Graham Christensen

Coding, making, hardware, and everything else too.

How to have two git repositories in the same directory

If you were to search GitHub for dotfile repositories, you would find thousands of them. Just perusing the top few will give you a wonderful treasure-trove of useful tips and tricks for becoming a true power user. This resource has truly opened my eyes to things I could be doing better, faster.

When I struck gold and didn’t want to cobble together my files yet again (IE: every time I reinstall) I decided to begin versioning my dotfiles. I began in the most obvious of ways: I made my home directory a git repository, ignored all my files, and only explicitly added all the files I really wanted in there. This worked for a while, but the files that I truly wish WERE versioned were not - my SSH and GPG keys, and my SSH configuration. Additionally, I had a few bash variables which contained private information that I didn’t want to make public.

The obvious solution was to put these into another repository hosted on my own server but integrating that repository into my home directory is what infuriated me.

The first and common method people seem to be doing is using tools like dotty or homesick to manage the multiple repositories and setup symlinks automatically.

These tools worked fine for a little while, but they had a severe downside: neither of them are designed to be easy to add files back in. This made it very difficult to maintain or find files I had forgotten to import; it was mostly a guess-and-check kind of situation.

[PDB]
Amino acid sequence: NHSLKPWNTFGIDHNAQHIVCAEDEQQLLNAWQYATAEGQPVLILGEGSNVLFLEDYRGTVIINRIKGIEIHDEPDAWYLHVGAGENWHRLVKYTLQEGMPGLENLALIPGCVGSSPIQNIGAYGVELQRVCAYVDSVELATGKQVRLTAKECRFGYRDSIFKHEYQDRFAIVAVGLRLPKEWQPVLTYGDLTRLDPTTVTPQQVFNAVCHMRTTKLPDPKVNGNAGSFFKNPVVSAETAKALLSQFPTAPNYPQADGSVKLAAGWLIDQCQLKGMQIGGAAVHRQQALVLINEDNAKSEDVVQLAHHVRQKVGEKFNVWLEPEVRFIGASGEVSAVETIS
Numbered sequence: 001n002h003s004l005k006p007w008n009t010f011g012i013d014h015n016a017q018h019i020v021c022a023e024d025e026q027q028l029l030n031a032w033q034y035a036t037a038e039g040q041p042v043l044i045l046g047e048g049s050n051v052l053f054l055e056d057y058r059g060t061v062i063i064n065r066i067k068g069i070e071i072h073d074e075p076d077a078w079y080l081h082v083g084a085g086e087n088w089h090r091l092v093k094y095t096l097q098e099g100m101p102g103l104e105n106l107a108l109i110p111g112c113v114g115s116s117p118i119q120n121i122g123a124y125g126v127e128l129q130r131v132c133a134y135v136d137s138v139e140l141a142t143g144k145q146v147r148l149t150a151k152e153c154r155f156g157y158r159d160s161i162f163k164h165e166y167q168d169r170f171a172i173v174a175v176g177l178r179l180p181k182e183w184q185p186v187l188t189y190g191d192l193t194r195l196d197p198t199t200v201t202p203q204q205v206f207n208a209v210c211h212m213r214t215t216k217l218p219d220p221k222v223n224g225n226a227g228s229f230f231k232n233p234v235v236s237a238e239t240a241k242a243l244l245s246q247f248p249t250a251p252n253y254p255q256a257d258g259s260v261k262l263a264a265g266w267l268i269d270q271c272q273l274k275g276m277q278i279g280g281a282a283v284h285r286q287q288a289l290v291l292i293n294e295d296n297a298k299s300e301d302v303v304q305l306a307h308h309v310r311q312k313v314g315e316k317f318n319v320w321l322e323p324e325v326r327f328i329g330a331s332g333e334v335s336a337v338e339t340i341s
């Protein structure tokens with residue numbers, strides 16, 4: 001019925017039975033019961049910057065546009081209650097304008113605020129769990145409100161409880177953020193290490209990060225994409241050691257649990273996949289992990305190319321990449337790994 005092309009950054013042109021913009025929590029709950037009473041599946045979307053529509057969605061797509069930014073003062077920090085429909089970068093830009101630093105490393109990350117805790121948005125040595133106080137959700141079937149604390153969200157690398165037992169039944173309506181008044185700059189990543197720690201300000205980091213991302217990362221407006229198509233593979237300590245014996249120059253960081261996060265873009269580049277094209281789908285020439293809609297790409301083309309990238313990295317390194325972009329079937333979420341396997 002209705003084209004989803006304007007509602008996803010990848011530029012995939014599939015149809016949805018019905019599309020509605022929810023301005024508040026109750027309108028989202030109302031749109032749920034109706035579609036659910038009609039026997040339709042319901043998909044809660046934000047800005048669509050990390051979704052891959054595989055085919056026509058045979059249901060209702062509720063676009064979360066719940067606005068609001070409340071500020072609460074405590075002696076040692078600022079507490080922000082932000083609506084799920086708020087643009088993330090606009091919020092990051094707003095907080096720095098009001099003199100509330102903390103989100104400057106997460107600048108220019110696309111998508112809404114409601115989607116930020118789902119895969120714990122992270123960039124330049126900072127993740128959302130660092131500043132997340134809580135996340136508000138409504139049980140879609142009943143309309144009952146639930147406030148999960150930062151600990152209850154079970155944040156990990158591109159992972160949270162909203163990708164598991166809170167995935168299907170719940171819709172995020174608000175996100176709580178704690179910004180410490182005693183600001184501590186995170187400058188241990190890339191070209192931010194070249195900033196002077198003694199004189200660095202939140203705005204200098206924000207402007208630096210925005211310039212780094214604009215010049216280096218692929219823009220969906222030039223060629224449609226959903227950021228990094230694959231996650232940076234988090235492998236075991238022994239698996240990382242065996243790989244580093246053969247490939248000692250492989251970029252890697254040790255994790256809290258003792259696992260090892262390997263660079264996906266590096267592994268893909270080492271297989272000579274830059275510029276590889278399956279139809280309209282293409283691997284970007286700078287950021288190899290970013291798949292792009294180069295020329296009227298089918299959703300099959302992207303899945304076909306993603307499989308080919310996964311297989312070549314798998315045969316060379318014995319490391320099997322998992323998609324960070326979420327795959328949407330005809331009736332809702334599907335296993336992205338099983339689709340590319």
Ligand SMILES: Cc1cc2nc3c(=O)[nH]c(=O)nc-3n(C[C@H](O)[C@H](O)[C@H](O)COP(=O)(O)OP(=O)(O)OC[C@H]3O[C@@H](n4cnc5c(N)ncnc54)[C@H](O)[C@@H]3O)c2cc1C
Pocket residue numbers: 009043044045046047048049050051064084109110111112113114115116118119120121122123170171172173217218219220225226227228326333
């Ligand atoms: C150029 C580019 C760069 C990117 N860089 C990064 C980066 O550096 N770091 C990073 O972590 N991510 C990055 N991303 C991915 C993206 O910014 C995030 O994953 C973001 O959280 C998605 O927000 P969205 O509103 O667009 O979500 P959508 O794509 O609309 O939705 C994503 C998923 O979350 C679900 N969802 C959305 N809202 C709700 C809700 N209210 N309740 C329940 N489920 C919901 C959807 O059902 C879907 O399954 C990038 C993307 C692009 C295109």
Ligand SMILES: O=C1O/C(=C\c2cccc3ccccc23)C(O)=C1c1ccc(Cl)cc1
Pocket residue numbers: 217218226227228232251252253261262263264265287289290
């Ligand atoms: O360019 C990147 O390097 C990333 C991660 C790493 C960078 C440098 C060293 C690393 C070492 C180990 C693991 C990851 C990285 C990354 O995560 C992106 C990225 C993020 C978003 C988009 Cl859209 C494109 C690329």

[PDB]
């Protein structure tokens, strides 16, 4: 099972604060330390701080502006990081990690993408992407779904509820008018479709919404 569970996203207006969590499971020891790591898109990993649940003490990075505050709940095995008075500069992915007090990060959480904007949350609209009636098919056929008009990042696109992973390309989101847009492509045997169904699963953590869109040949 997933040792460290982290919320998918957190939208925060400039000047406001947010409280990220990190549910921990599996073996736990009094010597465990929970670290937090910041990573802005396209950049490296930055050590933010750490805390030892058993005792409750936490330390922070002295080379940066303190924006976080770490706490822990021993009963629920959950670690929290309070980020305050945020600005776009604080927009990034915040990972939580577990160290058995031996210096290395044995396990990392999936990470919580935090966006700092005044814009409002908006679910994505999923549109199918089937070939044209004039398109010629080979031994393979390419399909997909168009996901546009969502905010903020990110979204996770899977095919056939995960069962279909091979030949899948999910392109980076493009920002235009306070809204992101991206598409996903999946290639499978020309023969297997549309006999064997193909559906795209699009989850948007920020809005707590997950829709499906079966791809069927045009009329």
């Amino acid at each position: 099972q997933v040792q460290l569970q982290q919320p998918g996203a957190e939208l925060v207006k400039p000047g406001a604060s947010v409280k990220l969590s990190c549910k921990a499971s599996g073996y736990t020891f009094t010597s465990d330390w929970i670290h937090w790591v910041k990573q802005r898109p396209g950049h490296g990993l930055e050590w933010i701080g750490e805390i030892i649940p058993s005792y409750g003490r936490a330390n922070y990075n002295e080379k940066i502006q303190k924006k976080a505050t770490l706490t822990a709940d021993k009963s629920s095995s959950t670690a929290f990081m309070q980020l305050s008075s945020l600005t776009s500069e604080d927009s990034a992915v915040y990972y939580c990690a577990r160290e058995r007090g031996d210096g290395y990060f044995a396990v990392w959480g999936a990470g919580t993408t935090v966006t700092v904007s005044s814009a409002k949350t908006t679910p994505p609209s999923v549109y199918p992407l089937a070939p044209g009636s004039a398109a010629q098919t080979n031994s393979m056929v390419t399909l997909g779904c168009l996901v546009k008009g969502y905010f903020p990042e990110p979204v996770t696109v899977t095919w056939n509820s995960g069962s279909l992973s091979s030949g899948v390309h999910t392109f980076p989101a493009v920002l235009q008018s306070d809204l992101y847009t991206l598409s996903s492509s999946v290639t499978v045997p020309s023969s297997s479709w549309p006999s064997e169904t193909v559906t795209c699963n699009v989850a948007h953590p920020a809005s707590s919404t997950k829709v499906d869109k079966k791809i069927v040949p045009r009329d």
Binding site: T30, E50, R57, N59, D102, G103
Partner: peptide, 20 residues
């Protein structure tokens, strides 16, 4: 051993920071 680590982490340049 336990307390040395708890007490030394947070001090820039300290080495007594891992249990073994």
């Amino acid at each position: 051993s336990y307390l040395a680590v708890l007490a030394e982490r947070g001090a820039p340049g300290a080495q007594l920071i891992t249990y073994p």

They created a reasonable interface to working with themselves, but when it came down to using git like it is supposed to be, it was just an enormous headache.

Unfortunately the problem with using symlinks in this situation is inherent: git doesn’t know what you’re doing, and does its best. I cannot blame git.

A Proposed Solution

My biggest frustration with these tools were they didn’t let git do what it is good at: manage my dammed files. They tried to be smarter than git, and really quite poorly. It pissed me off a good deal.

My ideal solution was letting git manage itself like I know it can, but I just needed it to support multiple repositories in one directory.

If only…

If only I could have my git repository files located in, say, ~/.git-repos/private, but tell it to check my files out into ~/ that would do it, right?

OH WAIT!

Git already provides the tools to do exactly to this!

  • $GIT_DIR - This tells Git where to look for the .git directory. In this way you could be in /tmp/whatever and manage your git repository located in /home/grahamc/my-awesome-files.
  • GIT_WORK_TREE - This tells Git where the files are that it is tracking. Using this your .git directory could be in /tmp/whatever and actually have all your checked out files be put in to /home/grahamc/my-awesome-files.

Now we’re getting somewhere!

The Sexy Solution: git multi

That’s right, I built it out. Using those two shell variables it was pretty trivial, didn’t require crazy dependencies, or any nasty symlinks.

Go ahead and get these shell scripts, drop them in to your ~/bin (or path, I suppose) and be enlightened.

Adding a Repository

git multi add public git@github.com:youruser/dotfiles.git

Blammo. Done. That’s it. That even checks out the repository and everything.

Working on a Repository

git multi work public

This command opens up a bash terminal with $GIT_DIR and $GIT_WORK_TREE already set and everything. Your git commands work like they were native. Wait. Mmmm… it’s because they are.

When you’re done and want to commit or push? Just do that. git commit; git push origin master.

For bonus points, add grahamc/git-multi (or your own fork) as an additional repository to your home directory.

Hit me up with a pull request or comments if you have issues.

posted on September 13 2011